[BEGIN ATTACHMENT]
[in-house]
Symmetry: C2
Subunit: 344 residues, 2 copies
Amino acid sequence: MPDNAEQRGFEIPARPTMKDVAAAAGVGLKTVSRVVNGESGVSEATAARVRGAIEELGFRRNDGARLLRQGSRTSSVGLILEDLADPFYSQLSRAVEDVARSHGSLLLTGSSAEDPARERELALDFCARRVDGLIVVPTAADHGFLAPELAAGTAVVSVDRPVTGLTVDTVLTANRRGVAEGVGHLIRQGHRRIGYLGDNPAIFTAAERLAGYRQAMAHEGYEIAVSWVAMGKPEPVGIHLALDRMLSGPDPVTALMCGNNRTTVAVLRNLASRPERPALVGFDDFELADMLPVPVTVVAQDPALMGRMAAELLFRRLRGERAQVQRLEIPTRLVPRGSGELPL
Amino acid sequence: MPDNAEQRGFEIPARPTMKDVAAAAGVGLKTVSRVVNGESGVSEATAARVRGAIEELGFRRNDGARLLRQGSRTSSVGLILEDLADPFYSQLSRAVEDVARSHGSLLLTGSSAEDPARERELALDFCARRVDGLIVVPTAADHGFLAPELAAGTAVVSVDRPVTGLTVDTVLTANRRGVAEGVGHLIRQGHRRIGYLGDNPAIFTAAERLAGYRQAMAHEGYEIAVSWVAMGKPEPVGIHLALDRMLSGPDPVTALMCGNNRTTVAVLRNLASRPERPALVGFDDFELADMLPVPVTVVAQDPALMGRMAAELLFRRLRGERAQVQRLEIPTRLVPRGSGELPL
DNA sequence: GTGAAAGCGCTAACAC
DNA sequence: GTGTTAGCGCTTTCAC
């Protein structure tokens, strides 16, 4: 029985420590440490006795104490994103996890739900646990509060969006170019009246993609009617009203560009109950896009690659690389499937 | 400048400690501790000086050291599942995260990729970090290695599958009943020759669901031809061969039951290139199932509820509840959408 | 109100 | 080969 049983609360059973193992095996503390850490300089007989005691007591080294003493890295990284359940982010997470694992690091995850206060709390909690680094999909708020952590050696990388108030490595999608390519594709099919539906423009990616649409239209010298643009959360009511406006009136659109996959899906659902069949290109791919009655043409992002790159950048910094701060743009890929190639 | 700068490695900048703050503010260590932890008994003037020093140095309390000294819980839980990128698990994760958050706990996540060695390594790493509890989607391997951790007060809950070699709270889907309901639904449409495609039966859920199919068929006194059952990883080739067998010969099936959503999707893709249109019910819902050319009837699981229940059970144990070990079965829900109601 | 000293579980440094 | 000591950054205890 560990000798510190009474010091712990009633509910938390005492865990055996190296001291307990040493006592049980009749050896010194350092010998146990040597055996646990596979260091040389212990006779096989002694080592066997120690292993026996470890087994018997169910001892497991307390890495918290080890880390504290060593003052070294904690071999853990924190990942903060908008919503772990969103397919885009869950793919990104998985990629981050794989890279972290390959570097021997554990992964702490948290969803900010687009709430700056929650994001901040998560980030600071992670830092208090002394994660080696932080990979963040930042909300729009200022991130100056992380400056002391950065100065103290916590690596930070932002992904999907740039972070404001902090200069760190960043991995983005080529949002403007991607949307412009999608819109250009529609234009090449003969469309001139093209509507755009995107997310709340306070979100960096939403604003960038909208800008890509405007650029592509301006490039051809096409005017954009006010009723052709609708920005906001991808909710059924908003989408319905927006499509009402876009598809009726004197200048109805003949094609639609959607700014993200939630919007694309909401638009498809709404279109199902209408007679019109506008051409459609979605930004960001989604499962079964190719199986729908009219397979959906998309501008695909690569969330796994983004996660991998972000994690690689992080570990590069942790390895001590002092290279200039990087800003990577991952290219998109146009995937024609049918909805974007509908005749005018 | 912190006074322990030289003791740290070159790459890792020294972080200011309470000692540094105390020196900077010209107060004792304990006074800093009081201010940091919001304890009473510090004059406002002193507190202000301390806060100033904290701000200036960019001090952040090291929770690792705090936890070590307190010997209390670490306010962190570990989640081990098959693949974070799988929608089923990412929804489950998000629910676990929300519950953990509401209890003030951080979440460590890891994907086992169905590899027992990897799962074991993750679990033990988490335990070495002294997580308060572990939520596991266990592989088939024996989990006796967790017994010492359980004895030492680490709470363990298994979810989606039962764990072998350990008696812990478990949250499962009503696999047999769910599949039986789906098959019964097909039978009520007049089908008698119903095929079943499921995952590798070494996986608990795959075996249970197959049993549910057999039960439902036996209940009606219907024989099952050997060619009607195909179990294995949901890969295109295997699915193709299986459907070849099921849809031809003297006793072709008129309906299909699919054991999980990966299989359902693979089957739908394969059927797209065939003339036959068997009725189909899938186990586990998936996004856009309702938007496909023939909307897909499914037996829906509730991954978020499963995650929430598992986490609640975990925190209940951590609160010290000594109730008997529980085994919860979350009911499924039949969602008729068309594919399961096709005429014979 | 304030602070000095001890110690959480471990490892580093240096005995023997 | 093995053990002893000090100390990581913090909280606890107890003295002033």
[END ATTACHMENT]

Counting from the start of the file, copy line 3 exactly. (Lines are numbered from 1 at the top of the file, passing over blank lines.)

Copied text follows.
Subunit: 344 residues, 2 copies